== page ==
Does Fibromyalgia Pain Come From The Brain’s Immune System?
Headaches, widespread pain, and sensitivity to light — do these abnormal fibromyalgia pains stem from a part of the central nervous system’s dedicated immune system? Recent research from The National Center for Biotechnology Information suggests the answer might very well be “yes“.
Pain associated with fibromyalgia involves the abnormal pain types hyperalgesia and allodynia. Hyperalgesia is pain amplification and allodynia is pain from something that normally wouldn’t hurt (i.e. a light tap on the arm or a too tight waistband).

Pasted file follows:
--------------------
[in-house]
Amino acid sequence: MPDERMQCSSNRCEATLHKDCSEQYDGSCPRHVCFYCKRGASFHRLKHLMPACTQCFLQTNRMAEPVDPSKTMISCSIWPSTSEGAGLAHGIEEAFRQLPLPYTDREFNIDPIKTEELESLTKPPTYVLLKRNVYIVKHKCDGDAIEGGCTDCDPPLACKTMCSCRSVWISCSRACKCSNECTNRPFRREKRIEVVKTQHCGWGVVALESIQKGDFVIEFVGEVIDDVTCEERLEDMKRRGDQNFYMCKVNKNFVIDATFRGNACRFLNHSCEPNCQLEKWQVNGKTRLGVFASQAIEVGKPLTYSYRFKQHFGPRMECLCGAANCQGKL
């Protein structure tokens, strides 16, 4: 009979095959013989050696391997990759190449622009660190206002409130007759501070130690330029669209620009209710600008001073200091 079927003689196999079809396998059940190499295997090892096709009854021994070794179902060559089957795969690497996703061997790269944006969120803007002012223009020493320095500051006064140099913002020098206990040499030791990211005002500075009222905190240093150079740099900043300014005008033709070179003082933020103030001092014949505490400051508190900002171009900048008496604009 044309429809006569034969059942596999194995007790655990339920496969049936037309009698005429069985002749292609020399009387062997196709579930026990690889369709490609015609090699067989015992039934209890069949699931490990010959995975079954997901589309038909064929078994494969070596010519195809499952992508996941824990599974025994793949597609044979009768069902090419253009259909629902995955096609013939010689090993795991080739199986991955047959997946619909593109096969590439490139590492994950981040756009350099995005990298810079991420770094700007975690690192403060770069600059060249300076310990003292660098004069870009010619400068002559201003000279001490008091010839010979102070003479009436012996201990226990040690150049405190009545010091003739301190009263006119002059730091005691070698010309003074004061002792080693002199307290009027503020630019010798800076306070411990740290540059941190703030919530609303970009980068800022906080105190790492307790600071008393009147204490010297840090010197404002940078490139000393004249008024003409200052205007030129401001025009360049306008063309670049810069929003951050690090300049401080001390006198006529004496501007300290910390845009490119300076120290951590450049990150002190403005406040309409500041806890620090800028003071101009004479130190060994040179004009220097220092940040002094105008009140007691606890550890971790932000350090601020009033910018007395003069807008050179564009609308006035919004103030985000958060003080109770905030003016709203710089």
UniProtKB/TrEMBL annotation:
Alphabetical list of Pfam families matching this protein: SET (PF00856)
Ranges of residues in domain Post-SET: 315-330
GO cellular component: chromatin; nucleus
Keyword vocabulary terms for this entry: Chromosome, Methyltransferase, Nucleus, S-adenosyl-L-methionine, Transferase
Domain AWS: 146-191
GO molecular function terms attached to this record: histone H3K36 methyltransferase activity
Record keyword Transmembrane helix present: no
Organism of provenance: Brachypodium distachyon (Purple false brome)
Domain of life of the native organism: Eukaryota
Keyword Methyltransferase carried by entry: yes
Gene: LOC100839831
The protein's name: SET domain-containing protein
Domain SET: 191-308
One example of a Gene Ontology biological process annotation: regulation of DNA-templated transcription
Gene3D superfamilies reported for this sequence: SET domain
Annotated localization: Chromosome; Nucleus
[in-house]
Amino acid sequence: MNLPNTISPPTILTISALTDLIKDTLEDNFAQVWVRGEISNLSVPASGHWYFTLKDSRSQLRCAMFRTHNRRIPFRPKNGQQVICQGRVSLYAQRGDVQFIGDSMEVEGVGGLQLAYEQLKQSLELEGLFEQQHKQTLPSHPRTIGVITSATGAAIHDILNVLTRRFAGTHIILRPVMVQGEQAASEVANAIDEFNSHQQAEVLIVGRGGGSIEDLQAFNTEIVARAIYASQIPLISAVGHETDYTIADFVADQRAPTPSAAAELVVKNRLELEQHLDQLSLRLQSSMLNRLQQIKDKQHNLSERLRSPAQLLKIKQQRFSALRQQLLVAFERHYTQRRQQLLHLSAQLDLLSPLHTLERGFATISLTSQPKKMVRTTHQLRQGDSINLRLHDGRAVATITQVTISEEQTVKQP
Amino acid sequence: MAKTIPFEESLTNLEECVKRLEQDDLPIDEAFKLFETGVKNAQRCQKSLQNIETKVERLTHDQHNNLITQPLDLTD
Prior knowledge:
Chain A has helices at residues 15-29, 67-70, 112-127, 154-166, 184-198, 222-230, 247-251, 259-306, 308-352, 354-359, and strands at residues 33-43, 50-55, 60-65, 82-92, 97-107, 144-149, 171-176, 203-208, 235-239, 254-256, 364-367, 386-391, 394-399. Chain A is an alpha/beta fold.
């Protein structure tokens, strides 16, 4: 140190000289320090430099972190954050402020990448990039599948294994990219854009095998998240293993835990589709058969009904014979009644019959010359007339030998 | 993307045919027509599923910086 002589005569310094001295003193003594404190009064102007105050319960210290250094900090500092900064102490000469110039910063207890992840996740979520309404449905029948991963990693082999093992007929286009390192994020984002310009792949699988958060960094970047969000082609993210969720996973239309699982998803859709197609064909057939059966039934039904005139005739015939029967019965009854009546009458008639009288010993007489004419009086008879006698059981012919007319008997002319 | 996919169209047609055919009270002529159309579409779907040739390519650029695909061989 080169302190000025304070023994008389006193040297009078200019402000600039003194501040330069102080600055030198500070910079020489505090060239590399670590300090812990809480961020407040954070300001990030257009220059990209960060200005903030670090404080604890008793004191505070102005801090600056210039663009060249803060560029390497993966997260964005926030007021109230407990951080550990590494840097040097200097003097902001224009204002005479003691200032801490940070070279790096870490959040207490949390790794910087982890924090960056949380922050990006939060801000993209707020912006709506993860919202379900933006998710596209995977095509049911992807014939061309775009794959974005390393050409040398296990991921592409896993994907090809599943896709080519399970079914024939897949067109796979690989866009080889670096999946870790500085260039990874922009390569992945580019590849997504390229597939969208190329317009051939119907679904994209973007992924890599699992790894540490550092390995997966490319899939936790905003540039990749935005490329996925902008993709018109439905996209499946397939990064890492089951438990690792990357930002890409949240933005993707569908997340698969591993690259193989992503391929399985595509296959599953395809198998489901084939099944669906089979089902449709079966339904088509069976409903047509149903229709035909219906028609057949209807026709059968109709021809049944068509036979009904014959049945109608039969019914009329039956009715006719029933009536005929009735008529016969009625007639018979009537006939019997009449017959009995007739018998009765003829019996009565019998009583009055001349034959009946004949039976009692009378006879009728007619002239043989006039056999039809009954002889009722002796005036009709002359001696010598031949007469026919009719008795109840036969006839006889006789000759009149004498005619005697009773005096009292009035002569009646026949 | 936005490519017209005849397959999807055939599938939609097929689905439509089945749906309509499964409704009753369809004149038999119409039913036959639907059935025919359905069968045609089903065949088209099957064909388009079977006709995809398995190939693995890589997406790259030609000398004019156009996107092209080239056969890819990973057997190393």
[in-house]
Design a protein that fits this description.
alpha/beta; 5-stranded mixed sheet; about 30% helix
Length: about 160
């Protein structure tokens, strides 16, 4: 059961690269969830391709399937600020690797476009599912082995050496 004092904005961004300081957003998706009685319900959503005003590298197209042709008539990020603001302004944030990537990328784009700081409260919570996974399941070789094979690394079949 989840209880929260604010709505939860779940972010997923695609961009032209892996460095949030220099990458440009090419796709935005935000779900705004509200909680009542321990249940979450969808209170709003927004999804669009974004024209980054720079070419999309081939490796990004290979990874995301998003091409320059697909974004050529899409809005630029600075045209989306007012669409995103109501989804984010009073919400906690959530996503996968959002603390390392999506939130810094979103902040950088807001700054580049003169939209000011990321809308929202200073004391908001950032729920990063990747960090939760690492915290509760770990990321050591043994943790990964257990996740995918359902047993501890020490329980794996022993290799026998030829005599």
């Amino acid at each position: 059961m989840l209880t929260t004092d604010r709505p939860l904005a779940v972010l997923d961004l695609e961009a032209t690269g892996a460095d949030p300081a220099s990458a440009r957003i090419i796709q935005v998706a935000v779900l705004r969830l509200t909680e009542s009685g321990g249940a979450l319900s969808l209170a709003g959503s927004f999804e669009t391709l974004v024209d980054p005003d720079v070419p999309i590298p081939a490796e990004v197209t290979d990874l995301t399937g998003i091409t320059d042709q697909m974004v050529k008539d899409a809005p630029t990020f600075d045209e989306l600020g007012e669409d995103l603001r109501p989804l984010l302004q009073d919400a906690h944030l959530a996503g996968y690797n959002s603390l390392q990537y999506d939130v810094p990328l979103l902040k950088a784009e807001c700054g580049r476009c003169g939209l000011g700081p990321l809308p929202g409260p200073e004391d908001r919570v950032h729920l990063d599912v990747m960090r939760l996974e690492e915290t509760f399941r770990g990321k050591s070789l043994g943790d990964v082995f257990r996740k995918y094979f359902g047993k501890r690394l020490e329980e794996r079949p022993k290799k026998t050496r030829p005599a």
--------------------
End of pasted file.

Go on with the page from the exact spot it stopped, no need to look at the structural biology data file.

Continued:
In this new study, researchers used stress to induce hyperalgesia and allodynia in rats. Interestingly, the rats did not show damage or inflammation in the painful tissues. This in turn suggested an alternative cause of pain. Perhaps the brain’s immune system? They also discovered abnormally high levels of activated microglia in the rats’ spinal cords.
It is important to note that the brain and spinal cord make up your central nervous system, which has its own immune system; separate from the one that protects the rest of your body.
Of course further testing must be completed in humans (especially those with FMS and ME/CFS). However, the research concluded that some mechanism may be activating microglia, and that excess microglia may lead to hyperalgesia and allodynia.